Bad Month for Large Anti-Immigration Group

Nativist Movement

Last December was a cruel month for the Federation for American Immigration Reform (FAIR). FAIR's Congressional Task Force had hoped to take advantage of Iowa's presidential caucuses, in which immigration was a hot-button issue, by hosting a "Radio Row" at the Des Moines Marriott on Dec. 27 and 28 that featured 22 right-wing radio talk show hosts broadcasting live about "uncontrolled immigration."

Events did not turn out as FAIR hoped or planned.

In early December, the Intelligence Report added FAIR to its list of hate groups and issued a report that detailed the group's ties to white supremacy. At the same time, the Center for New Community (CNC), a Chicago-based anti-racist organization, organized a grassroots coalition of civic, labor and interfaith groups called the Campaign for a United America that informed the broader Iowa public about FAIR's anti-immigrant racism. In the end, six radio hosts dropped out of the FAIR event, and the organization received a fair amount of bad press in Iowa and elsewhere.

FAIR responded to the Center's hate group designation with a press release that defended, among other things, its acceptance of more than $1 million from the racist Pioneer Fund. The fund, whose original mandate was to pursue "race betterment" by promoting the genetic stock America's white settlers, backs racist "research," including that of American Renaissance, a white supremacist newsletter that has suggested that black people are inherently psychopathic.

FAIR also claimed that it had never "hired anyone who was a member of a 'white supremacist group.'" But as the Report documented, FAIR had long employed Rick Oltman, a speaker at several events put on by the white supremacist Council of Conservative Citizens, or CCC. (The CCC explicitly claimed Oltman as a member.) The Report also said that FAIR had hired Joe Turner, founder of the anti-immigrant hate group Save Our State, as its western region representative in November 2006. Although Turner denies being a racist, he has defended white nationalism. "I can make the argument that someone who proclaims to be a white nationalist isn't necessarily a white supremacist. I don't think that standing up for your 'kind' or 'your race' makes you a bad person," Turner wrote in 2005.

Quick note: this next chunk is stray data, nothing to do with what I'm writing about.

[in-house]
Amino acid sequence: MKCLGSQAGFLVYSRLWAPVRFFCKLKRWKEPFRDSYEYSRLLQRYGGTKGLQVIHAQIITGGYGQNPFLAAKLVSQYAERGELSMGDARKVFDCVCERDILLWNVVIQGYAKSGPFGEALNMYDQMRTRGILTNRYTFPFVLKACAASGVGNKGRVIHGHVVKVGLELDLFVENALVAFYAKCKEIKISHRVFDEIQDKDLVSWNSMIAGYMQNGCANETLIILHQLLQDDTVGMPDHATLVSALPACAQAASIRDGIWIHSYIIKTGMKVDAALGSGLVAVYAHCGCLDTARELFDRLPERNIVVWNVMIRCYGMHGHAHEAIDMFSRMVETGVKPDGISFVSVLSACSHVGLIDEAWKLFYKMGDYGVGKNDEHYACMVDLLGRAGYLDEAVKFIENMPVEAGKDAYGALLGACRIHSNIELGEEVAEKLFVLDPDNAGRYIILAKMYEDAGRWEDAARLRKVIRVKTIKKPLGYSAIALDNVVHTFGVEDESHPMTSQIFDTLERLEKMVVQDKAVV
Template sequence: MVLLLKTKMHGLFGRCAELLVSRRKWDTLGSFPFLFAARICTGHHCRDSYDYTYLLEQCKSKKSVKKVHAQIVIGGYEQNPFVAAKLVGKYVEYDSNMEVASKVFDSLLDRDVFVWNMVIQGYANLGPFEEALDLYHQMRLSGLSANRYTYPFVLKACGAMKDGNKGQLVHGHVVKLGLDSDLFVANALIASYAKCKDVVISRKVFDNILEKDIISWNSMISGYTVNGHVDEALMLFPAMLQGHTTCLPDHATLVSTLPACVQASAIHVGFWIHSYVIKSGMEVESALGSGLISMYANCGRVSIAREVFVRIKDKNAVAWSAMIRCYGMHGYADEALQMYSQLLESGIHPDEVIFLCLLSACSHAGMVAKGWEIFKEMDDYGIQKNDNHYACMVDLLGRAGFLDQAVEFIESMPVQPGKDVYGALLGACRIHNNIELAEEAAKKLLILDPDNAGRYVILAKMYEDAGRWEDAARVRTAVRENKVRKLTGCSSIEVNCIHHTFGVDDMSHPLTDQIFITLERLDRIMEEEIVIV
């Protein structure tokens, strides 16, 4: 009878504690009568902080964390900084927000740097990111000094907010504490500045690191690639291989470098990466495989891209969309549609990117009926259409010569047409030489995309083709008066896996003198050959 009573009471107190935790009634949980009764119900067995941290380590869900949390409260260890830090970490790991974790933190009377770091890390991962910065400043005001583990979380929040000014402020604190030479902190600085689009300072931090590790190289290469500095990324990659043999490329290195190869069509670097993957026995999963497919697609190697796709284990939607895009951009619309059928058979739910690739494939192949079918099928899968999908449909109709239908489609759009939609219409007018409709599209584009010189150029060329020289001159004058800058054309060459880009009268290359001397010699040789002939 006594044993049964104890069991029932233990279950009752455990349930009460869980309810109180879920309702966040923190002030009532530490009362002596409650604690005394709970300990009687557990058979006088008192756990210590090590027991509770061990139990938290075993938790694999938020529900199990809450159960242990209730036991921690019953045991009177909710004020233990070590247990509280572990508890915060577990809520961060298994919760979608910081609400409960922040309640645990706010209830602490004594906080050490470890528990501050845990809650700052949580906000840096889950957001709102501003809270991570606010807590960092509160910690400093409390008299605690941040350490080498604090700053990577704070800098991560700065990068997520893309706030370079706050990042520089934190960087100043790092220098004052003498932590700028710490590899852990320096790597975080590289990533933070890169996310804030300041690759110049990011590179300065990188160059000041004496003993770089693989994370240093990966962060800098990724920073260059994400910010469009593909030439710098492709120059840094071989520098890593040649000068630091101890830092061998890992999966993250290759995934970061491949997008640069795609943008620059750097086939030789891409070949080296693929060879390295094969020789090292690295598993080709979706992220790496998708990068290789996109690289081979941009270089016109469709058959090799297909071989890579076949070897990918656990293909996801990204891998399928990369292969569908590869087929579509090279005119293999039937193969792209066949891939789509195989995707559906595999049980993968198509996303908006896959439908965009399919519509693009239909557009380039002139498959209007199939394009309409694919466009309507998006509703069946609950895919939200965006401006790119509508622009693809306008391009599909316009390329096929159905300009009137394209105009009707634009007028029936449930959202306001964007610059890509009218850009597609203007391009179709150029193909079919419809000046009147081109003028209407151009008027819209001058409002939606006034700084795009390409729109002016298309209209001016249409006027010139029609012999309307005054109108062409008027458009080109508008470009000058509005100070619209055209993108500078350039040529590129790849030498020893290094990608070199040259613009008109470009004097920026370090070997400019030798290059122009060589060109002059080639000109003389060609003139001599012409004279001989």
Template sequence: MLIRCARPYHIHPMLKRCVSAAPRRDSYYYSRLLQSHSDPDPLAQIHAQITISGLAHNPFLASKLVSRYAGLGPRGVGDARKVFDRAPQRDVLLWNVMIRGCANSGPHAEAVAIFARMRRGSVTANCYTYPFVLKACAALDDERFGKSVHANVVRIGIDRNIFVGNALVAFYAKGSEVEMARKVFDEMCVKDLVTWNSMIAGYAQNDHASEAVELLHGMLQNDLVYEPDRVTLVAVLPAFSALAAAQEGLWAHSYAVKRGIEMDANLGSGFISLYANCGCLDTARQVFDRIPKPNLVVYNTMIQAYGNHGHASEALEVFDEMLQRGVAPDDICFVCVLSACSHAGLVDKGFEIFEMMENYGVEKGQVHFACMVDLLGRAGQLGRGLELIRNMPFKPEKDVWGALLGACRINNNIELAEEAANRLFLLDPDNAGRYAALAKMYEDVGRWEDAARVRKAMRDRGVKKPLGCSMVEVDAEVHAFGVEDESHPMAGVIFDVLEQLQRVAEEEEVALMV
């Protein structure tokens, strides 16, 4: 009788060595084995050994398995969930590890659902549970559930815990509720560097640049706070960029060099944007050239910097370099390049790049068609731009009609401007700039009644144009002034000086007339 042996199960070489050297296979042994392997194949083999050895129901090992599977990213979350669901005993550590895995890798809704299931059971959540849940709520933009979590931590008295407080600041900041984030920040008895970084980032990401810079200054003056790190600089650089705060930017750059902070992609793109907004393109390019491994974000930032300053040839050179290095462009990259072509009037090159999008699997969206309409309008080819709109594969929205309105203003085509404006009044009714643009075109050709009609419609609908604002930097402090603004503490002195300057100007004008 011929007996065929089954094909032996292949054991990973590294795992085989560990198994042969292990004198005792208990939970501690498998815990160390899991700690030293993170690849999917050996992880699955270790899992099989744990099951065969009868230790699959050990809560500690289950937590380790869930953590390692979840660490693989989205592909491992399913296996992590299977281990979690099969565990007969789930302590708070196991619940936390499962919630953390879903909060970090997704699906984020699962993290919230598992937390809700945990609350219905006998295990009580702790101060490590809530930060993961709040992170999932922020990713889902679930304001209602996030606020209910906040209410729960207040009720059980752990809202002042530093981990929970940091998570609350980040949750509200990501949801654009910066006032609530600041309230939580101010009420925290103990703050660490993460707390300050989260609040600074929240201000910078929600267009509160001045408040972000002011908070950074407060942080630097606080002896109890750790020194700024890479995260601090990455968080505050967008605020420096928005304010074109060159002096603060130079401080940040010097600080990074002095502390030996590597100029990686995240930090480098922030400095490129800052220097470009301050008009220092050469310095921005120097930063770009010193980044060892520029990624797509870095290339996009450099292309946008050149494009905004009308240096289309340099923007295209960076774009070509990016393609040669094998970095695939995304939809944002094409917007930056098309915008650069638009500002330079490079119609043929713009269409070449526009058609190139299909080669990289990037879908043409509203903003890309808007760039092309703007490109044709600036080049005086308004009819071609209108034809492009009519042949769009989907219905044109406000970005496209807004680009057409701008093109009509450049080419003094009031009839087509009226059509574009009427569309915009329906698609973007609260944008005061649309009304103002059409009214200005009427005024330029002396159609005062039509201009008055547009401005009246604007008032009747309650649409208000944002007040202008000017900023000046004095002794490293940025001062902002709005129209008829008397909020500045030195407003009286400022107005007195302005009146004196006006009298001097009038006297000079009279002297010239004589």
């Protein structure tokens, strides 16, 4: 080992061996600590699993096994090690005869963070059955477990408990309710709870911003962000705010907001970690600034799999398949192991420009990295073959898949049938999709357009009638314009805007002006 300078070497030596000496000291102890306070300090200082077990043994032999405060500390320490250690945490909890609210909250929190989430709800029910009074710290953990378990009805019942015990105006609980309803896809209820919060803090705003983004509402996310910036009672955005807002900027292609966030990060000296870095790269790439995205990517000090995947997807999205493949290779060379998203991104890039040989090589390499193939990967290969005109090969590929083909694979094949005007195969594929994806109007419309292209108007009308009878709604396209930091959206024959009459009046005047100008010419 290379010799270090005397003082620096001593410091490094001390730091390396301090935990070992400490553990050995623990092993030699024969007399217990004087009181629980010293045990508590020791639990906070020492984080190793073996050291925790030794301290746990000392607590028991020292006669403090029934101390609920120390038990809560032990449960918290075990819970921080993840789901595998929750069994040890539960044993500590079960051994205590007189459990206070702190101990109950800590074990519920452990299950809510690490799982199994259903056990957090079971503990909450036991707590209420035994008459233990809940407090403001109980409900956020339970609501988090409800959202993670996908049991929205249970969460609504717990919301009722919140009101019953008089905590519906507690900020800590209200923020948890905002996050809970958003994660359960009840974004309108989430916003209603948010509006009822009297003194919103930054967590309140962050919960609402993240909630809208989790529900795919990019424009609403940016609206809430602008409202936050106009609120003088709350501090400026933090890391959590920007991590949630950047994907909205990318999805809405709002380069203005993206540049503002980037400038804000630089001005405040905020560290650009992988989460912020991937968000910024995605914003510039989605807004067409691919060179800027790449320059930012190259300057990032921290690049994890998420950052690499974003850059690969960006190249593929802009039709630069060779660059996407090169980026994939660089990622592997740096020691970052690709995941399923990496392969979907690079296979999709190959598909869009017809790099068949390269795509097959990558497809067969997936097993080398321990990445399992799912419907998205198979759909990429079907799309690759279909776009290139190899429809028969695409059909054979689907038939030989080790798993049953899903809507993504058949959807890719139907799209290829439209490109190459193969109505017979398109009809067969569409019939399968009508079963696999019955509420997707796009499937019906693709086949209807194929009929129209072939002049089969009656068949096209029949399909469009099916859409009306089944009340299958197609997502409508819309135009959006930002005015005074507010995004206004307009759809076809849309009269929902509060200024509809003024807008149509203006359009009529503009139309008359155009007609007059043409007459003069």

Shortly after the Report added FAIR to its hate group list, Turner disappeared from FAIR's staff roster. Calls to FAIR officials seeking an explanation for Turner's unannounced departure were not returned. A switchboard operator told a caller who asked for Turner only, "He's no longer with the company."

Turner's abrupt exit seems to have hurt FAIR's image in nativist extremist circles.

"I'm very worried that we may have been sold down the river again by those damn groups in DC," wrote "Al Lewis" on the Americans for Mass Deportation E-mail list. That list's founder, Liz DeMarco, lamented that she "did not even warn [Turner] about [FAIR] because I knew he needed the money for himself and his family." Laine Lawless, who in 2006 encouraged neo-Nazis to attack undocumented immigrants, slammed FAIR as well: "That's the problem with FAIR — no one knows what they actually DO, except make speeches occasionally, once a year put on a 'workshop' with guest speakers, and of course highly-over-paid [FAIR President] Dan Stein goes on FOX News periodically."